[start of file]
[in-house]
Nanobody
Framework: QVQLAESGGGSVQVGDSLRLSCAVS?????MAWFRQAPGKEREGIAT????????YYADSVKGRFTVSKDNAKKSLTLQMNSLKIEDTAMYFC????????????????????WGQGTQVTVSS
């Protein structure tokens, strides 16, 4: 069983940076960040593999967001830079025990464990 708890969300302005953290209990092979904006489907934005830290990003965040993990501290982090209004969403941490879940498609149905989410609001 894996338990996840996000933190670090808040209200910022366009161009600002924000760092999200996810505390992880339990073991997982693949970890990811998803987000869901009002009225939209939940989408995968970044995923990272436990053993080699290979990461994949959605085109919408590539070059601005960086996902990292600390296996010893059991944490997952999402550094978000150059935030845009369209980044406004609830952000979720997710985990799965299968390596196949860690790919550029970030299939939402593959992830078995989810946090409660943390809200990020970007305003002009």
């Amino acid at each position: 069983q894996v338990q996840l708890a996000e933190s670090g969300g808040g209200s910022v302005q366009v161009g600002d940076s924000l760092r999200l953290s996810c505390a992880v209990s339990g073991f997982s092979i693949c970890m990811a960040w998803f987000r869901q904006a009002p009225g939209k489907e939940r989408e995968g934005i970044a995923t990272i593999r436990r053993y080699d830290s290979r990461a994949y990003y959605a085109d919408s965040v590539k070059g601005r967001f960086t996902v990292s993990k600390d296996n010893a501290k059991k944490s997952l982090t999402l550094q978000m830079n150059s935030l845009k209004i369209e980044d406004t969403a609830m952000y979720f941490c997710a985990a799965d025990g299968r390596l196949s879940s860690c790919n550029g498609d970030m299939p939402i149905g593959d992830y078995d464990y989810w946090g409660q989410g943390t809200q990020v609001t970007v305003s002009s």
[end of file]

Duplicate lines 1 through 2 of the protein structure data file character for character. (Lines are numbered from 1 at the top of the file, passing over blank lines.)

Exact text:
[in-house]
Nanobody